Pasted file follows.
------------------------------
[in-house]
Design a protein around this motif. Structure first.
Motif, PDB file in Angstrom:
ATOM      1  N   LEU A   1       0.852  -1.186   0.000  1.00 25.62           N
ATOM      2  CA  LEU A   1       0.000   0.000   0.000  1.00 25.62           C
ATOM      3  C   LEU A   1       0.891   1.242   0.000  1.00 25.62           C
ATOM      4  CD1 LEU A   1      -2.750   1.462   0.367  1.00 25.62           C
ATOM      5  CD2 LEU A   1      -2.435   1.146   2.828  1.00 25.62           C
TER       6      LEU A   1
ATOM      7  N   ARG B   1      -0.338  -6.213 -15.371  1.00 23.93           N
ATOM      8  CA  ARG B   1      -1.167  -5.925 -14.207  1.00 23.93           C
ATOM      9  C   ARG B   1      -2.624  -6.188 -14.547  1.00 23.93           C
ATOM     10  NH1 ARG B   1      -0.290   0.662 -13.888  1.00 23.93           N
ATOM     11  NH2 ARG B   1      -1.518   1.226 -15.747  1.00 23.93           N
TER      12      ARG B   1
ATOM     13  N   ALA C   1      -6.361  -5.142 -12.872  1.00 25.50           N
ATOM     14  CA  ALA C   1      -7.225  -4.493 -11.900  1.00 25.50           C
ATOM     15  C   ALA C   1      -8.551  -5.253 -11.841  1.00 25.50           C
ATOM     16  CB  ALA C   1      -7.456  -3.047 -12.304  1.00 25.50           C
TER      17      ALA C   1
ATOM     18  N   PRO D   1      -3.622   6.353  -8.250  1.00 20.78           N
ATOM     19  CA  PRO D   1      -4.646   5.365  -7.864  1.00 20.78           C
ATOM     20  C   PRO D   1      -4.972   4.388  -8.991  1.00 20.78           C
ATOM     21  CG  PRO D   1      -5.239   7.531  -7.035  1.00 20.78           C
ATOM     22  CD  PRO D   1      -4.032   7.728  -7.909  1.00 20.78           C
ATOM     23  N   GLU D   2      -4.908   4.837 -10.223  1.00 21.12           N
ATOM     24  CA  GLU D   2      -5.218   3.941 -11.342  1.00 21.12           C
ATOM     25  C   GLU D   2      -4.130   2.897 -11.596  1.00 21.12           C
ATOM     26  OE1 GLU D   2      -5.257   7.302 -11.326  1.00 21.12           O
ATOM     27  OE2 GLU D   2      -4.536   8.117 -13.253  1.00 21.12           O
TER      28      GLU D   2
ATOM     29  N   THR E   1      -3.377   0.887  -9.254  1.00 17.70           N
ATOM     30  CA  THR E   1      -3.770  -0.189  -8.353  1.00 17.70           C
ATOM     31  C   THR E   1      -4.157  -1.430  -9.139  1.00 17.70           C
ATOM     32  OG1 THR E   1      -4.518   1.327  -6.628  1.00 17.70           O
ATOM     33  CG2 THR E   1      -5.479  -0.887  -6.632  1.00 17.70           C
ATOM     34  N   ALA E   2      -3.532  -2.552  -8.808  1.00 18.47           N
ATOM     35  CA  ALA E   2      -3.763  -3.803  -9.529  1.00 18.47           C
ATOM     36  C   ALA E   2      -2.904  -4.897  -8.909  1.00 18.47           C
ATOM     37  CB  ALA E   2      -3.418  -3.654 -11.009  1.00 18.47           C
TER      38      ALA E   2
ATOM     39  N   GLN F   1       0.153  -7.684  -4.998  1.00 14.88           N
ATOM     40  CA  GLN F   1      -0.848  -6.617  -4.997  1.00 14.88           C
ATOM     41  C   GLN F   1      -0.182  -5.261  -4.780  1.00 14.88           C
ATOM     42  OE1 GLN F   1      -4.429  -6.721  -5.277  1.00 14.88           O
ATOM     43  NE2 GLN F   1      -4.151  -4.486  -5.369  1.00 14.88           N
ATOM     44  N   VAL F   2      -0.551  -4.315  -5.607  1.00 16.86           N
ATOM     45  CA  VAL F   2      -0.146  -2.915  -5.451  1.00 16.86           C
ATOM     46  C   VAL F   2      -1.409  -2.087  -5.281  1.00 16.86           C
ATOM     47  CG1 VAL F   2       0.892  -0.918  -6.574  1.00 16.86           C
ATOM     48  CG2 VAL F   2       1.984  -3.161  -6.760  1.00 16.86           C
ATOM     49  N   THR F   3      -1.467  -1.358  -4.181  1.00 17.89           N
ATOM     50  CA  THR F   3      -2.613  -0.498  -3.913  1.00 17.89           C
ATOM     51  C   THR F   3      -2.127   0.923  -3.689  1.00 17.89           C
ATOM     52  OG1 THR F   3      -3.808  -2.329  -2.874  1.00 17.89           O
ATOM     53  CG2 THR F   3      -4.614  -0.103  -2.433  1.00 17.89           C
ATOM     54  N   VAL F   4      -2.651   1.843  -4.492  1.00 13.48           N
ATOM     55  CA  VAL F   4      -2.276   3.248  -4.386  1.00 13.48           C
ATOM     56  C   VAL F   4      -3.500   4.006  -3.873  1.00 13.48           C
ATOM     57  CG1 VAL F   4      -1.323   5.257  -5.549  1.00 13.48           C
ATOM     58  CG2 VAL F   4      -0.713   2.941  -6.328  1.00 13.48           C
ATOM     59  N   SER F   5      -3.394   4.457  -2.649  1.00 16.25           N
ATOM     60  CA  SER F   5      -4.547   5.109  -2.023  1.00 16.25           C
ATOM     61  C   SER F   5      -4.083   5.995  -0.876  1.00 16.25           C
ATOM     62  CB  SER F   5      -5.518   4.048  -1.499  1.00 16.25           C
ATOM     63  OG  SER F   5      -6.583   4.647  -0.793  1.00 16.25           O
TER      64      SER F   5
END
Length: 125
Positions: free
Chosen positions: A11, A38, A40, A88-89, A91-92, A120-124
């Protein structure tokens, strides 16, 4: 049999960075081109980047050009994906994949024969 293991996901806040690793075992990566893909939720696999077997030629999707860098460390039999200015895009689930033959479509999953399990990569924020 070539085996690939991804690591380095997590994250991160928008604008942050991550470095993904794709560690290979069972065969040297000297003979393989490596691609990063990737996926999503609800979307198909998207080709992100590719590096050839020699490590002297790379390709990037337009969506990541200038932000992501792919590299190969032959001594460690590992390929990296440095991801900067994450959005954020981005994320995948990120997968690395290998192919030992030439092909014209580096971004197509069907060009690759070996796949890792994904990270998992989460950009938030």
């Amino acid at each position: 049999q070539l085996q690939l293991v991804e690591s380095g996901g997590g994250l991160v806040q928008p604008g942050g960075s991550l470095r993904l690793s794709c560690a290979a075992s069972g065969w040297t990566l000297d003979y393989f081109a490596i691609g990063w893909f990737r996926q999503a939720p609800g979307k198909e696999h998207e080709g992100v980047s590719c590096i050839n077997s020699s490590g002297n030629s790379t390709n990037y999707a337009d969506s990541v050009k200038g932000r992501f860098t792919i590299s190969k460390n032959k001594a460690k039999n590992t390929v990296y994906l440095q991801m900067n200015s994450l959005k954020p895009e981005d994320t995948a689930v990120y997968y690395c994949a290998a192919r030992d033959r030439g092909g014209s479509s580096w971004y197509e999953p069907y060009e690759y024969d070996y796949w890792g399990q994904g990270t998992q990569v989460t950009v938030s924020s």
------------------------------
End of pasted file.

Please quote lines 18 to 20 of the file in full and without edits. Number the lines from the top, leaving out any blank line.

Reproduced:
ATOM     15  C   ALA C   1      -8.551  -5.253 -11.841  1.00 25.50           C
ATOM     16  CB  ALA C   1      -7.456  -3.047 -12.304  1.00 25.50           C
TER      17      ALA C   1